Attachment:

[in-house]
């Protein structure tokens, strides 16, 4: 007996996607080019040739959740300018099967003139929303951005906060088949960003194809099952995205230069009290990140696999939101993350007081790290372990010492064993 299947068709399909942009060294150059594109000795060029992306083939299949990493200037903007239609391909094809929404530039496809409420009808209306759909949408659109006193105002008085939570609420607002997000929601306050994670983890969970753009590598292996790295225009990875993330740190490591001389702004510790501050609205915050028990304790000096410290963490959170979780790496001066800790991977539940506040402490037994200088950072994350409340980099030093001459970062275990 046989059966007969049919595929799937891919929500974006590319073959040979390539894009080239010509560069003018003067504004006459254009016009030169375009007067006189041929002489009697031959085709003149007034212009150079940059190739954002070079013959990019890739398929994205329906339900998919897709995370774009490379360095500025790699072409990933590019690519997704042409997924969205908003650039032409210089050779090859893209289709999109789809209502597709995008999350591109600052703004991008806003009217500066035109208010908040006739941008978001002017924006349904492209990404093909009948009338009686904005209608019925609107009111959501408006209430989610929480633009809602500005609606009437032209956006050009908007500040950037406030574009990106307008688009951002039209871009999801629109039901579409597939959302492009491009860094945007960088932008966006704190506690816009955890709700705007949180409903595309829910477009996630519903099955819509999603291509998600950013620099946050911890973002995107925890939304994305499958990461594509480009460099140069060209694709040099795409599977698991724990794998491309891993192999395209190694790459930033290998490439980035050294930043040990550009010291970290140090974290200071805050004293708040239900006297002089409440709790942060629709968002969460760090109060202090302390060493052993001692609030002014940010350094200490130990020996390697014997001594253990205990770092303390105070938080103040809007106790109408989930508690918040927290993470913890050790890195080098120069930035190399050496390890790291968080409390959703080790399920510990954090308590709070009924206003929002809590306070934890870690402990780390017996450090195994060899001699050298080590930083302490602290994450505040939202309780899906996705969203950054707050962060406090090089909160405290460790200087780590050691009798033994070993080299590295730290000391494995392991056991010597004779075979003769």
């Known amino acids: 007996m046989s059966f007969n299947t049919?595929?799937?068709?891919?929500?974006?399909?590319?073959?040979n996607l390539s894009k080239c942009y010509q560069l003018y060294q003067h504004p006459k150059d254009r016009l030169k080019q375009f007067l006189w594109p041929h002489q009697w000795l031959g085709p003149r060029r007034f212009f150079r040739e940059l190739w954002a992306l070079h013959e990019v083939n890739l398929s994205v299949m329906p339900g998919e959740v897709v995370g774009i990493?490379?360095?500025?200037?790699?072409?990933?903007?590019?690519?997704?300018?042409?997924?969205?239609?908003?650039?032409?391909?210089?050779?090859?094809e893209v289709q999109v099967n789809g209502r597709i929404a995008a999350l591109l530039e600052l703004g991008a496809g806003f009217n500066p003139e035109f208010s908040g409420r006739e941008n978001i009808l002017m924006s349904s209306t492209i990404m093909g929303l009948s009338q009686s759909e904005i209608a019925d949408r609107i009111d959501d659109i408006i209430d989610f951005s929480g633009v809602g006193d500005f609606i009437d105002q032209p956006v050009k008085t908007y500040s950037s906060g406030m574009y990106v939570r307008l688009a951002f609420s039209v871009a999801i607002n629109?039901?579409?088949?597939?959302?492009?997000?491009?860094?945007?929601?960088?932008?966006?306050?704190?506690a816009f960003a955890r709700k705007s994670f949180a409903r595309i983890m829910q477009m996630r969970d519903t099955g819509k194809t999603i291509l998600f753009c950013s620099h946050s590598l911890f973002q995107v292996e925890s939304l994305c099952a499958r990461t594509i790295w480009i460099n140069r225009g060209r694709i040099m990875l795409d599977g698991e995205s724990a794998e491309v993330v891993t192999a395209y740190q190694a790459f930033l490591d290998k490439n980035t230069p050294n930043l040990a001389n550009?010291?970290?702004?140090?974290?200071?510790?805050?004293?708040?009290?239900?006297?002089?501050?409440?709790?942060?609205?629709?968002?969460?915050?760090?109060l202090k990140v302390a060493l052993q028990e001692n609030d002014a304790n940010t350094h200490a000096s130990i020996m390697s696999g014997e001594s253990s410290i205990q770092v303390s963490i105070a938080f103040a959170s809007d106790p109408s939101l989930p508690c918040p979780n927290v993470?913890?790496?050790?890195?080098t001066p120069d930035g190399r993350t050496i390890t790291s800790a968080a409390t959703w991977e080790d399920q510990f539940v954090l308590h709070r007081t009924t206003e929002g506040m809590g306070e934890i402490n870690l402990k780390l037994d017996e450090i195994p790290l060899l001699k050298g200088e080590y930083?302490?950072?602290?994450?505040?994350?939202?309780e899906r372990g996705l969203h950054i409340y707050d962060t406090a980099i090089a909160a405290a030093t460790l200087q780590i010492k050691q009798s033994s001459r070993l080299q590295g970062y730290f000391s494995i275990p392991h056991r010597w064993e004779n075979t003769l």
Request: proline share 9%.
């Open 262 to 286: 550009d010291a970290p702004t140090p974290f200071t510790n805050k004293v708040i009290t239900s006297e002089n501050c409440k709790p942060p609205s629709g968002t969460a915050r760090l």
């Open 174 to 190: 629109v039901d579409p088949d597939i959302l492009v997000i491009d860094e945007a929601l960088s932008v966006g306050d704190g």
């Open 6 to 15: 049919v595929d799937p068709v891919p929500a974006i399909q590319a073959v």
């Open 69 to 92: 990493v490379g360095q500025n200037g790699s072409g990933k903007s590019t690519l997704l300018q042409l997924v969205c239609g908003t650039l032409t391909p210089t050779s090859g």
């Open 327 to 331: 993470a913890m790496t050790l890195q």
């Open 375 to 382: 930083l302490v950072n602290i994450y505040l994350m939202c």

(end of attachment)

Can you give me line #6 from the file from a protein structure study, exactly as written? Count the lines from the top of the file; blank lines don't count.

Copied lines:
């Open 174 to 190: 629109v039901d579409p088949d597939i959302l492009v997000i491009d860094e945007a929601l960088s932008v966006g306050d704190g």